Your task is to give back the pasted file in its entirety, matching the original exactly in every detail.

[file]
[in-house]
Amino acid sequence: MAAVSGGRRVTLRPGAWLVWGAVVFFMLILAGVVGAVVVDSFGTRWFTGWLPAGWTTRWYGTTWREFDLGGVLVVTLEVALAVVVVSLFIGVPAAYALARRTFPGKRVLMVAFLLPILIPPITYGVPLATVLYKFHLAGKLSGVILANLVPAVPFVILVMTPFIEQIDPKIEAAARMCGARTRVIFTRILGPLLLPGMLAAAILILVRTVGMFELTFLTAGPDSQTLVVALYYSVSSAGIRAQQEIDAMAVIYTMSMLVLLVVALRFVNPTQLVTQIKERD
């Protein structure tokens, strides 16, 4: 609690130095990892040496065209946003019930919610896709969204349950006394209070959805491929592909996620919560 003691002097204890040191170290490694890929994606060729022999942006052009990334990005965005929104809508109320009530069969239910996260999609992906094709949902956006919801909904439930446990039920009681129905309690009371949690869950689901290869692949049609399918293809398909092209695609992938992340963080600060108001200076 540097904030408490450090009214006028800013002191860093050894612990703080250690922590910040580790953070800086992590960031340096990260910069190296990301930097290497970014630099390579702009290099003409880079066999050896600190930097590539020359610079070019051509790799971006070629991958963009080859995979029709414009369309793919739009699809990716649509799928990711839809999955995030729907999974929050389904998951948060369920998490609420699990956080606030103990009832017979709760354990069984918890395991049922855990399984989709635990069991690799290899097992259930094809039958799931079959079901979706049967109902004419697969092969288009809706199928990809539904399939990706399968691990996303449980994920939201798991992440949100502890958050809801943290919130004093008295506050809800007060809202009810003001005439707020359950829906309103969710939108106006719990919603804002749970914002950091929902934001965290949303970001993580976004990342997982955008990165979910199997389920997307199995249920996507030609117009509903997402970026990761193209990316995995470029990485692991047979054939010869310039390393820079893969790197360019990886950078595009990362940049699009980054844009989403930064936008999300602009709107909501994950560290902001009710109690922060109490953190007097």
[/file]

[in-house]
Amino acid sequence: MAAVSGGRRVTLRPGAWLVWGAVVFFMLILAGVVGAVVVDSFGTRWFTGWLPAGWTTRWYGTTWREFDLGGVLVVTLEVALAVVVVSLFIGVPAAYALARRTFPGKRVLMVAFLLPILIPPITYGVPLATVLYKFHLAGKLSGVILANLVPAVPFVILVMTPFIEQIDPKIEAAARMCGARTRVIFTRILGPLLLPGMLAAAILILVRTVGMFELTFLTAGPDSQTLVVALYYSVSSAGIRAQQEIDAMAVIYTMSMLVLLVVALRFVNPTQLVTQIKERD
């Protein structure tokens, strides 16, 4: 609690130095990892040496065209946003019930919610896709969204349950006394209070959805491929592909996620919560 003691002097204890040191170290490694890929994606060729022999942006052009990334990005965005929104809508109320009530069969239910996260999609992906094709949902956006919801909904439930446990039920009681129905309690009371949690869950689901290869692949049609399918293809398909092209695609992938992340963080600060108001200076 540097904030408490450090009214006028800013002191860093050894612990703080250690922590910040580790953070800086992590960031340096990260910069190296990301930097290497970014630099390579702009290099003409880079066999050896600190930097590539020359610079070019051509790799971006070629991958963009080859995979029709414009369309793919739009699809990716649509799928990711839809999955995030729907999974929050389904998951948060369920998490609420699990956080606030103990009832017979709760354990069984918890395991049922855990399984989709635990069991690799290899097992259930094809039958799931079959079901979706049967109902004419697969092969288009809706199928990809539904399939990706399968691990996303449980994920939201798991992440949100502890958050809801943290919130004093008295506050809800007060809202009810003001005439707020359950829906309103969710939108106006719990919603804002749970914002950091929902934001965290949303970001993580976004990342997982955008990165979910199997389920997307199995249920996507030609117009509903997402970026990761193209990316995995470029990485692991047979054939010869310039390393820079893969790197360019990886950078595009990362940049699009980054844009989403930064936008999300602009709107909501994950560290902001009710109690922060109490953190007097």